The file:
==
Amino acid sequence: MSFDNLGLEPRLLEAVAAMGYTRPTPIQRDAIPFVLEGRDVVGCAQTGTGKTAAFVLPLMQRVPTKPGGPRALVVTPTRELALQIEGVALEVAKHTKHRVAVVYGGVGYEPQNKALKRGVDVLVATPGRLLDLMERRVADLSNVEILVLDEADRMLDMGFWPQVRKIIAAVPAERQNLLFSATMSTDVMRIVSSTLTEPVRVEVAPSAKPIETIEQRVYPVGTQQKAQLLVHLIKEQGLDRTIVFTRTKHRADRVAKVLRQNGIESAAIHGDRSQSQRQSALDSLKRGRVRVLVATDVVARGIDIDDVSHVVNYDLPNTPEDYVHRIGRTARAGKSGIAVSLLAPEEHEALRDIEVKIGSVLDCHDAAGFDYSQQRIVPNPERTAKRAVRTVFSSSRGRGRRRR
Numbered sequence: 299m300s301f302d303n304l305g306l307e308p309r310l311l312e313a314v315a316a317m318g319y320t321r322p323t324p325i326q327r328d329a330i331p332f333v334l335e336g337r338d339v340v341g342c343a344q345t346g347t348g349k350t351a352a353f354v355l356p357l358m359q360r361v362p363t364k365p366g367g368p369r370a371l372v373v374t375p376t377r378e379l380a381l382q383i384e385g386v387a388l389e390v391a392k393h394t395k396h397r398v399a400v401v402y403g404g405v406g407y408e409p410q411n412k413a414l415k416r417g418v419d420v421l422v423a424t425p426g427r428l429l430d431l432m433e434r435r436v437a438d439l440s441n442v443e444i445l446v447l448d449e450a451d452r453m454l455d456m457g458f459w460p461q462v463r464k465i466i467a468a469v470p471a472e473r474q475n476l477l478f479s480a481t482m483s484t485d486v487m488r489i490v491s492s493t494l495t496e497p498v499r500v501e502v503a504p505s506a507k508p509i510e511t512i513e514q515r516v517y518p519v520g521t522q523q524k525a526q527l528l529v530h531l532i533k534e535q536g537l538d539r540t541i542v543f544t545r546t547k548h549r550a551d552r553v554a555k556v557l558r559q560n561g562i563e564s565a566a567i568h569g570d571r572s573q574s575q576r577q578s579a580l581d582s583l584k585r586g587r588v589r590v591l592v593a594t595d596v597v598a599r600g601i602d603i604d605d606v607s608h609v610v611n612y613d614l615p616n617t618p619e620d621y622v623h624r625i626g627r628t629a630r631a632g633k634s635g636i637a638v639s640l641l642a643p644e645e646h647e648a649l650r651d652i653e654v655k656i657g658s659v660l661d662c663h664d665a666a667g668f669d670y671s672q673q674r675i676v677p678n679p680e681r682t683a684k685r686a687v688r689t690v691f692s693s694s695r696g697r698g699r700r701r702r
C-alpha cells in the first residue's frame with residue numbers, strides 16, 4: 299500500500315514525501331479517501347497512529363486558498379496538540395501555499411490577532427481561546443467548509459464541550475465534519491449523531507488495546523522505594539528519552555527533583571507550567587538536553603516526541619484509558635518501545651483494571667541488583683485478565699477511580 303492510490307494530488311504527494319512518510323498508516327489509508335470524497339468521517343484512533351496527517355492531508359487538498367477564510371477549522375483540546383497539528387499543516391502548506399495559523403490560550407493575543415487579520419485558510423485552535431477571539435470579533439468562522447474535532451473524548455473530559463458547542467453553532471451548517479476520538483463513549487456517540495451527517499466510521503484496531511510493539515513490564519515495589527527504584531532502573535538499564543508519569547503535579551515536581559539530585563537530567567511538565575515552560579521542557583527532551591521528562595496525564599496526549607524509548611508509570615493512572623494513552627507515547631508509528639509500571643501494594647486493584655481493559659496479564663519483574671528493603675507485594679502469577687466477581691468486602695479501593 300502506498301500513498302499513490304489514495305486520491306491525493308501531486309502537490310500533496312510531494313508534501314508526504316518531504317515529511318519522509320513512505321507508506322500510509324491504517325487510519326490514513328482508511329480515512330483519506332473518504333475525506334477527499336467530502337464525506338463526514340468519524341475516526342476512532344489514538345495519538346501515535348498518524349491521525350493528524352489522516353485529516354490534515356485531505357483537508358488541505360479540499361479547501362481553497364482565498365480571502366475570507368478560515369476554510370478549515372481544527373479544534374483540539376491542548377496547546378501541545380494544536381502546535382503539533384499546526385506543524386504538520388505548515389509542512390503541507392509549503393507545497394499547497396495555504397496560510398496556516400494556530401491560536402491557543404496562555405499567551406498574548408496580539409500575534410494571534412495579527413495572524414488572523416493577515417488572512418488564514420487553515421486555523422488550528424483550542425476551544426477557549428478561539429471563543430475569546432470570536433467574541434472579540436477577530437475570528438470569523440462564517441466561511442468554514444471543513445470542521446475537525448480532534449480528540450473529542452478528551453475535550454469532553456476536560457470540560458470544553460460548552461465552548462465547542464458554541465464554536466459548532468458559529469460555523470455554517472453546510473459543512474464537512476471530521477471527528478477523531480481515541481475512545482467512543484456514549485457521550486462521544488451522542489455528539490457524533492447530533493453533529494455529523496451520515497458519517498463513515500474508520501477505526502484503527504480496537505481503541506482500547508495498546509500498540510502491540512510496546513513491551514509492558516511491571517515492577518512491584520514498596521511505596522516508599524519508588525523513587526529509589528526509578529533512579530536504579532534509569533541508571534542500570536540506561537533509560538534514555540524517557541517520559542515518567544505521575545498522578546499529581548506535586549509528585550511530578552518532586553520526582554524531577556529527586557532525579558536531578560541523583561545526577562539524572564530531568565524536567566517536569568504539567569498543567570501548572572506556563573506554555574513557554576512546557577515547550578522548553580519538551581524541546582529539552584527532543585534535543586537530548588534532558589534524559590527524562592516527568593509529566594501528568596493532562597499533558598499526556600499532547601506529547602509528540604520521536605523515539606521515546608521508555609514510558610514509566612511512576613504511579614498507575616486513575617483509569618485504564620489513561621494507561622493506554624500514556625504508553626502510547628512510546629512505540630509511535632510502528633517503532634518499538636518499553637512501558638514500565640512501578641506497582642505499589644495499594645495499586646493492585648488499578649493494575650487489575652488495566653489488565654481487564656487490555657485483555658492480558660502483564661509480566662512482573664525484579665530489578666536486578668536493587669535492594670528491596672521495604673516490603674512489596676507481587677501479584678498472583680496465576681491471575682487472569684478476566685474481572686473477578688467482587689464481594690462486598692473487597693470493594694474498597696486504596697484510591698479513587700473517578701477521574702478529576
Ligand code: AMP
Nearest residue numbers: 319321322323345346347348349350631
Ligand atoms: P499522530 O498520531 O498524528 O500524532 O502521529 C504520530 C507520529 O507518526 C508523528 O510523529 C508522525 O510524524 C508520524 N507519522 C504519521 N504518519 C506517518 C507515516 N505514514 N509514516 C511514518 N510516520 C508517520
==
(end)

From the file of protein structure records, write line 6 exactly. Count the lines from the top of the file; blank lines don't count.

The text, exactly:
Ligand atoms: P499522530 O498520531 O498524528 O500524532 O502521529 C504520530 C507520529 O507518526 C508523528 O510523529 C508522525 O510524524 C508520524 N507519522 C504519521 N504518519 C506517518 C507515516 N505514514 N509514516 C511514518 N510516520 C508517520